Business Rules

Recently reviewed A business rule defines or constrains one aspect of your business that is intended to assert business structure or influence the behavior of your business. Business rules often focus on access control issues, for example, professors are allowed to input and modify the marks of the students taking the seminars they instruct, but not the marks of students in other seminars. Business rules may also pertain to business calculations, for example, how to convert a percentage mark (for example, 91 percent) that a student receives in a seminar into a letter grade (for example, A-). Some business rules focus on the policies of your organization, perhaps the university policy is to expel for one year anyone who fails more than two courses in the same semester.

Figure 1. Some sample business rules (summary form).

  • BR123 Tenured professors may administer student grades.
  • BR124 Teaching assistants who have been granted authority by a tenured professor may administer student grades.
  • BR177 Table to convert between numeric grades and letter grades.
  • BR245 All master's degree programs must include the development of a thesis.

Figure 1 summarizes several examples of business rules. Notice how each business rule has a unique identifier, my convention is to use the format of BR#, but you are free to set your own numbering approach. The unique identifier enables you to refer easily to business rules in other development artifacts, such as class models and use cases.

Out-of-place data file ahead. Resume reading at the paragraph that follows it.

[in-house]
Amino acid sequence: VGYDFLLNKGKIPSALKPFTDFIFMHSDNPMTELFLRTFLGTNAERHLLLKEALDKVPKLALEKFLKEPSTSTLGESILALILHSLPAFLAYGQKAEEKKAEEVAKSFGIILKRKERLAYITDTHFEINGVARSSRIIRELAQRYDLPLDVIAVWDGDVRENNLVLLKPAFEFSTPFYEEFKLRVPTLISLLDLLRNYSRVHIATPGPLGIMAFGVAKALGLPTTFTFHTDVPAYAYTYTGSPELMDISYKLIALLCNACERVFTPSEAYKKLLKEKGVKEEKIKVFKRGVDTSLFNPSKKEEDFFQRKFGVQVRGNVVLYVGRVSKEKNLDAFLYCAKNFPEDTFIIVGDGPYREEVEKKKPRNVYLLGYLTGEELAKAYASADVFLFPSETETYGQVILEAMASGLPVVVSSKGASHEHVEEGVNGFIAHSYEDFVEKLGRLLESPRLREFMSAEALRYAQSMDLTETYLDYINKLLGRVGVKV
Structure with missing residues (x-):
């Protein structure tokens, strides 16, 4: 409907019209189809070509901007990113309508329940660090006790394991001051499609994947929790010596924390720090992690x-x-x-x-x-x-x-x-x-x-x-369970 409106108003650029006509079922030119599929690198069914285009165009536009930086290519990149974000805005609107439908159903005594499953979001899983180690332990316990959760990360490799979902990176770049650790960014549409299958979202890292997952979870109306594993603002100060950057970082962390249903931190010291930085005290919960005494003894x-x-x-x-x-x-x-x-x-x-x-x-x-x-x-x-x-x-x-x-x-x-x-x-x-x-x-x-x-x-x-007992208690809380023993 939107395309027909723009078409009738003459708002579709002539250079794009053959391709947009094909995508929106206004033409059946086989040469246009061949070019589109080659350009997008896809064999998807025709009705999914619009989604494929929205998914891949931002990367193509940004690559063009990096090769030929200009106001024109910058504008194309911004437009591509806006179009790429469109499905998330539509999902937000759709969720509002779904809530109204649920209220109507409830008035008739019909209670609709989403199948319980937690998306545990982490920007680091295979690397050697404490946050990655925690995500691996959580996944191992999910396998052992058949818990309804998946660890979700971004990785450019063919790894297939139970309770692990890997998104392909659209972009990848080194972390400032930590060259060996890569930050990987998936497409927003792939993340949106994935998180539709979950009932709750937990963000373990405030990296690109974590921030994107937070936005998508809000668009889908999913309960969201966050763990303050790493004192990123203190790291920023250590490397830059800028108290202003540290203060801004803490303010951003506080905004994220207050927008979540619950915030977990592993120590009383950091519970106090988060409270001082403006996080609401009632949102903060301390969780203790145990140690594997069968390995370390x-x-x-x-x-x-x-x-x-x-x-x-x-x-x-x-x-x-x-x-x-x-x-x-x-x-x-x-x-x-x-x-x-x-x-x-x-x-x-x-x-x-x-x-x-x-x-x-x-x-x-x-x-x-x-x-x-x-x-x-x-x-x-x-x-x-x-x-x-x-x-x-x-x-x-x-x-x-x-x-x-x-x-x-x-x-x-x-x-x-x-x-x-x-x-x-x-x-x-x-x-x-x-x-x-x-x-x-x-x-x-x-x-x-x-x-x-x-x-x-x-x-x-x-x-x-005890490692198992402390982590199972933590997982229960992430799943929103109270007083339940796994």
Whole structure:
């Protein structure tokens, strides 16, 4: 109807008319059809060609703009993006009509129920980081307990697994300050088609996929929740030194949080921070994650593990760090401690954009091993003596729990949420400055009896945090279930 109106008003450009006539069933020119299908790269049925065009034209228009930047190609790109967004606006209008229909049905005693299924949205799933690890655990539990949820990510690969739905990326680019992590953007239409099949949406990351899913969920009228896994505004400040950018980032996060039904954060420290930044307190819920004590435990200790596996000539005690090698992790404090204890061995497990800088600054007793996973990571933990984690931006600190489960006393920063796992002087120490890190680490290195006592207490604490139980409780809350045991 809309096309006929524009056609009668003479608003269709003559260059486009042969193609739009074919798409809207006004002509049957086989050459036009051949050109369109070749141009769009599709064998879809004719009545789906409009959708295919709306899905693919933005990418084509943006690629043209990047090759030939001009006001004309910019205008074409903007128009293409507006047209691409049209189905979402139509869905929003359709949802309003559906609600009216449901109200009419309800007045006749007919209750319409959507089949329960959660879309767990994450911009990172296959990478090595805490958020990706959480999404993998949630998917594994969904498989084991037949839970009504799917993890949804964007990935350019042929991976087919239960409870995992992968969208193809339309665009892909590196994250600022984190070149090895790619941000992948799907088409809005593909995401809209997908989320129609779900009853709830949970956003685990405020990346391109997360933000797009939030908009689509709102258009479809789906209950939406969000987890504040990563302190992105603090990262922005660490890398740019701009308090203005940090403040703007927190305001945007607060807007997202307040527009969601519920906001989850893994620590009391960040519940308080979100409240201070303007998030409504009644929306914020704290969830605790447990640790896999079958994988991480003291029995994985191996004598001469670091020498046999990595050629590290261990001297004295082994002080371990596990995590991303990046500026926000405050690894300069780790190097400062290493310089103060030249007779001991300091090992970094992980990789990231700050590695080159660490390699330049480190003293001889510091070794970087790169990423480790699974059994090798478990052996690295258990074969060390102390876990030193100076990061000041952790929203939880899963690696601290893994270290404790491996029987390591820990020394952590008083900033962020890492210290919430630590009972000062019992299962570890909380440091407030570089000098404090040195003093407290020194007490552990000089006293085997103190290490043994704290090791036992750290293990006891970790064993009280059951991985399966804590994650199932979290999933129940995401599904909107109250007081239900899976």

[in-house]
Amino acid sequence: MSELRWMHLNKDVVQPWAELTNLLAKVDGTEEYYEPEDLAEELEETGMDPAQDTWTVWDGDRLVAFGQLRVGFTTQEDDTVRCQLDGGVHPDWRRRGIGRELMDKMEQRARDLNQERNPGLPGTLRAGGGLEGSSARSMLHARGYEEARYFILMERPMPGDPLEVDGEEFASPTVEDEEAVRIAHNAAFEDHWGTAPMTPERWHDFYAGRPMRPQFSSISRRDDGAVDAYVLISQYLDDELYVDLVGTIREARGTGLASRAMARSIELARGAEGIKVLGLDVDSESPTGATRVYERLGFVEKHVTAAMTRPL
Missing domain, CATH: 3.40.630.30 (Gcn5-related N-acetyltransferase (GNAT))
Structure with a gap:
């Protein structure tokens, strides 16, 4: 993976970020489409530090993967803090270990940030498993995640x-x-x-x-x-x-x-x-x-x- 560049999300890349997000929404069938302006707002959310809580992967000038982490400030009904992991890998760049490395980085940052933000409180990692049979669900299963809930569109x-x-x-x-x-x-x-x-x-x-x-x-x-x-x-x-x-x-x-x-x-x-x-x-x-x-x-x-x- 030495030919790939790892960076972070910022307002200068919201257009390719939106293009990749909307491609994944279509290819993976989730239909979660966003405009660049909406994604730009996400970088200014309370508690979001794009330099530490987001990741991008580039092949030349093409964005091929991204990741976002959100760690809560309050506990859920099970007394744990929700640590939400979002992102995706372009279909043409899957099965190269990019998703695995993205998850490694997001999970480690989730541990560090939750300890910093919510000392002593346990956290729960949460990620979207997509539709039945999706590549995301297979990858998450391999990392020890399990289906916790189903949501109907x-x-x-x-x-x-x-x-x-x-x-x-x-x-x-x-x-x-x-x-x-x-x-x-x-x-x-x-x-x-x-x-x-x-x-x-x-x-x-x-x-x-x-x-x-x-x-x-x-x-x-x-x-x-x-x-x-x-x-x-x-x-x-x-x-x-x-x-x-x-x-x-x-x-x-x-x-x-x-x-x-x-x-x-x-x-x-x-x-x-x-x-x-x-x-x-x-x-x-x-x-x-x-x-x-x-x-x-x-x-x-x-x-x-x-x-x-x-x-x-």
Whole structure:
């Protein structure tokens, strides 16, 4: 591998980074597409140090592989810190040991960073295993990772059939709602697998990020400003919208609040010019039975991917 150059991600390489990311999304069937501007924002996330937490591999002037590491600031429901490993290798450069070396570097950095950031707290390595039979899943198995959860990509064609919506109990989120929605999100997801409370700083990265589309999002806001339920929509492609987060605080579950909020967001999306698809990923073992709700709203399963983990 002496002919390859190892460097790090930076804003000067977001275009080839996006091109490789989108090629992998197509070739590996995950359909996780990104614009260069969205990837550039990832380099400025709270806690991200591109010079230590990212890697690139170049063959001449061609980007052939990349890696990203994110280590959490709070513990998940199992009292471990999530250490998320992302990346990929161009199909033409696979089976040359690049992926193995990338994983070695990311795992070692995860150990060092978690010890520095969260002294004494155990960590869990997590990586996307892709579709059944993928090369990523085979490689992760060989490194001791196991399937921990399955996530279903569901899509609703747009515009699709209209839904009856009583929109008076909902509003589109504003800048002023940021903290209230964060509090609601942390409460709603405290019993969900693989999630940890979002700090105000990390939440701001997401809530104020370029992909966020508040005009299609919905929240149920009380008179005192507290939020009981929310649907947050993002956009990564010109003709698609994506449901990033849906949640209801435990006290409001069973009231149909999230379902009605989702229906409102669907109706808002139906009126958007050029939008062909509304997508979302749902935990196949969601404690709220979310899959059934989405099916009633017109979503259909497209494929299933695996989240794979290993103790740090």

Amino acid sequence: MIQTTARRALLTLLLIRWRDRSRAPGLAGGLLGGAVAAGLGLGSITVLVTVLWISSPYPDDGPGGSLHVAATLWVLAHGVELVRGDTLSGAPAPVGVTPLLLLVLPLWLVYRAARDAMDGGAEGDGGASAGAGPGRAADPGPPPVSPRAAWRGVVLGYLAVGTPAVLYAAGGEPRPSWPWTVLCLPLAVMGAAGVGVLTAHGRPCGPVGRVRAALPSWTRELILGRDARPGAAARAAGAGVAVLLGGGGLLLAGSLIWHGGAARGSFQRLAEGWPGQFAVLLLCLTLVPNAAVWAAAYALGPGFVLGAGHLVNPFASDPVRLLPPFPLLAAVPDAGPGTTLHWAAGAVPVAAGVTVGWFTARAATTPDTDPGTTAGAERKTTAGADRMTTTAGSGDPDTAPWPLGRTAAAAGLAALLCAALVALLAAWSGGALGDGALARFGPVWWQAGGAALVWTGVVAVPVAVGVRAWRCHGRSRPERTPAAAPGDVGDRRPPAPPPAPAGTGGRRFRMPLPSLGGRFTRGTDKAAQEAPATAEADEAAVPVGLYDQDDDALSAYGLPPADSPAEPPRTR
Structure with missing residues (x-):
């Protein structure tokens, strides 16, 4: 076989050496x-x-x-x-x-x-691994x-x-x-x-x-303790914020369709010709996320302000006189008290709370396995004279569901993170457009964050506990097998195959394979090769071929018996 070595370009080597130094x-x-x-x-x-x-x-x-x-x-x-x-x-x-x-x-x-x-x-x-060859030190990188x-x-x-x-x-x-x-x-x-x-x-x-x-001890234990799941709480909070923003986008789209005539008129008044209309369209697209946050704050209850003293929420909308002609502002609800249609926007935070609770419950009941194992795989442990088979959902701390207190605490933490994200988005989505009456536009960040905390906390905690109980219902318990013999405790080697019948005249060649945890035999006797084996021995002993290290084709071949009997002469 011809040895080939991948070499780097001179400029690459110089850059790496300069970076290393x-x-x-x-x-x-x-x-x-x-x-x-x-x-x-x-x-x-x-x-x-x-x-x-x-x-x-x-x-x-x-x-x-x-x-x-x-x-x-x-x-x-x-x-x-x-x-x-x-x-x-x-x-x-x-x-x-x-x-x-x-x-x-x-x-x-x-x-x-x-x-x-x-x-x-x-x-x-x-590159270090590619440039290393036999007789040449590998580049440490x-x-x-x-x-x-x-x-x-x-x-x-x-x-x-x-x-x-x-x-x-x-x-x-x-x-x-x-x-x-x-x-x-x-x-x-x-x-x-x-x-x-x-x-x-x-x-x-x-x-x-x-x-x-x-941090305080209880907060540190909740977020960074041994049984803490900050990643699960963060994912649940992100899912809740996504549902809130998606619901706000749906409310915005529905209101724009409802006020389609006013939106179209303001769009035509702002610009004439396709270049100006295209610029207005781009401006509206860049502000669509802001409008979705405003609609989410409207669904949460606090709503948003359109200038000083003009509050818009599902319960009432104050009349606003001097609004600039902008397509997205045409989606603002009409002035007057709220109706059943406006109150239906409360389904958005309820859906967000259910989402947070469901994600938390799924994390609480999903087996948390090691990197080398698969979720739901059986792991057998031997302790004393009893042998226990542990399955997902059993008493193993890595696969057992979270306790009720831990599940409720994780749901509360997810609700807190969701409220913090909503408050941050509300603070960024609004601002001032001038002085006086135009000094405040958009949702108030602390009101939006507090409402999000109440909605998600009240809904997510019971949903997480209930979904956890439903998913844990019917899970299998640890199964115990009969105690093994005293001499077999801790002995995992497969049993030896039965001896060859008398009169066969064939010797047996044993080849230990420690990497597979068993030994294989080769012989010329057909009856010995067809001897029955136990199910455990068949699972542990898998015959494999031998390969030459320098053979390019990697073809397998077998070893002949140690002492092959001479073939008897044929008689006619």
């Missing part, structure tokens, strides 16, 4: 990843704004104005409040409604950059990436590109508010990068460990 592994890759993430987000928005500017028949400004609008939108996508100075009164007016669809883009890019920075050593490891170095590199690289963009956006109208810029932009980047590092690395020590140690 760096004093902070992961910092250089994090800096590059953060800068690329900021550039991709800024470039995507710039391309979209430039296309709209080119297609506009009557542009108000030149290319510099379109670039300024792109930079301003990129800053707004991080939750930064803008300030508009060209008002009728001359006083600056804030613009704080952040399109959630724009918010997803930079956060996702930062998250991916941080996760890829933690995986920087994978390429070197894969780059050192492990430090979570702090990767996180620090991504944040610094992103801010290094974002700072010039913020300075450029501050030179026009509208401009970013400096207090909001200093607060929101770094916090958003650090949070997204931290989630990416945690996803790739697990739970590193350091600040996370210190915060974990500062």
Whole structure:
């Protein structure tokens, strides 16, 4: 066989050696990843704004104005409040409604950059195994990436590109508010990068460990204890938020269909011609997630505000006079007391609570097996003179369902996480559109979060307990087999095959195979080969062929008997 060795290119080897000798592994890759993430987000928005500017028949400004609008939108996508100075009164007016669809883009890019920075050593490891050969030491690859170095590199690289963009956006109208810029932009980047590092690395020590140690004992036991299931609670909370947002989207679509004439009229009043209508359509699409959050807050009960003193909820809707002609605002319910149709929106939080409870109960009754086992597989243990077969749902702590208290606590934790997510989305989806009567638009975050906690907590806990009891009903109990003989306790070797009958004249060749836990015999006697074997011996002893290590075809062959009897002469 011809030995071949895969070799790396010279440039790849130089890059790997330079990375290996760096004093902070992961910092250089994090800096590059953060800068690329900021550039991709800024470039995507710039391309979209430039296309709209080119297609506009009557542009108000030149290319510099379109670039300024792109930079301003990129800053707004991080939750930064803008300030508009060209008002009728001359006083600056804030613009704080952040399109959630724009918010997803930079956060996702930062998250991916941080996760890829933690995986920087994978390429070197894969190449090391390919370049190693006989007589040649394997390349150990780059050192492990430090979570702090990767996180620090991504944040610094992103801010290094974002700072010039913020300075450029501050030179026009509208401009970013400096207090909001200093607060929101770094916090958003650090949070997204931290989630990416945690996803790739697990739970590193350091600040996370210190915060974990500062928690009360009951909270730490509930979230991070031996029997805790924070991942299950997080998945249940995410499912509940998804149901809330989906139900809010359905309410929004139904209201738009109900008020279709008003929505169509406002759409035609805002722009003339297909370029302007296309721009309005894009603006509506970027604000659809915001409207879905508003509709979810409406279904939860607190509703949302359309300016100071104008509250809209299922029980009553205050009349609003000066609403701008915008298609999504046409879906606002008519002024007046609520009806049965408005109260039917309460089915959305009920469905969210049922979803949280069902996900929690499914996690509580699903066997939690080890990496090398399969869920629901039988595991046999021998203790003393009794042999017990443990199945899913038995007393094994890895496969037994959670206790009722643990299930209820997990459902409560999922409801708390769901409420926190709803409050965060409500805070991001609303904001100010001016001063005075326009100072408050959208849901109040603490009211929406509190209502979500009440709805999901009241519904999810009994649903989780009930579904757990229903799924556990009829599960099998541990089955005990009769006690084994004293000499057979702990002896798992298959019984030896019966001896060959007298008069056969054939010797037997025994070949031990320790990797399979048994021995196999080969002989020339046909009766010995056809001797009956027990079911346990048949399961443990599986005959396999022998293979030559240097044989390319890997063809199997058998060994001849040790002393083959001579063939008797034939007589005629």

In some situations you'll discover that business rules can be described very simply, perhaps with a single sentence. In other situations this isn't the case. Figure 2 presents one way to fully document BR123. There are several sections in this figure:

  • Name. The name should give you a good idea about the topic of the business rule.
  • Description. The description defines the rule exactly. Although I used text to describe this rule it is quite common to see diagrams such as flow charts or UML activity diagrams used to describe an algorithm. Other options include business rule languages such as Object Constraint Language (OCL), the ILOG rules language, or Business Rules Markup Language (BRML). As Agile Modeling suggests, Apply the Right Artifact(s) for your situation.
  • Example (optional). An example of the rule is presented to help clarify it
  • Source (optional). The source of the rule is indicated so it may be verified (it is quite common that the source of a rule is a person, often one of your project stakeholders, or a team of people).
  • Related rules (optional). A list of related business rules, if any, is provided to support traceability between rules.
  • Revision history (optional). An indication of the date a change was made, the person who made the change, and a description of the change.

Figure 2. Detailed business rule.

Name:

Tenured professors may administer student grades

Identifier:

BR123

Description:

Only tenured professors are granted the ability to initially input, modify, and delete grades students receive in the seminars that they and they only instruct. They may do so only during the period a seminar is active.

Example:

Dr. Bruce, instructor of "Biology 301 Advanced Uses of Gamma Radiation," may administer the marks of all students enrolled in that seminar, but not those enrolled in "Biology 302 Effects of Radiation on Arachnids," which is taught by Dr. Peters.

Source: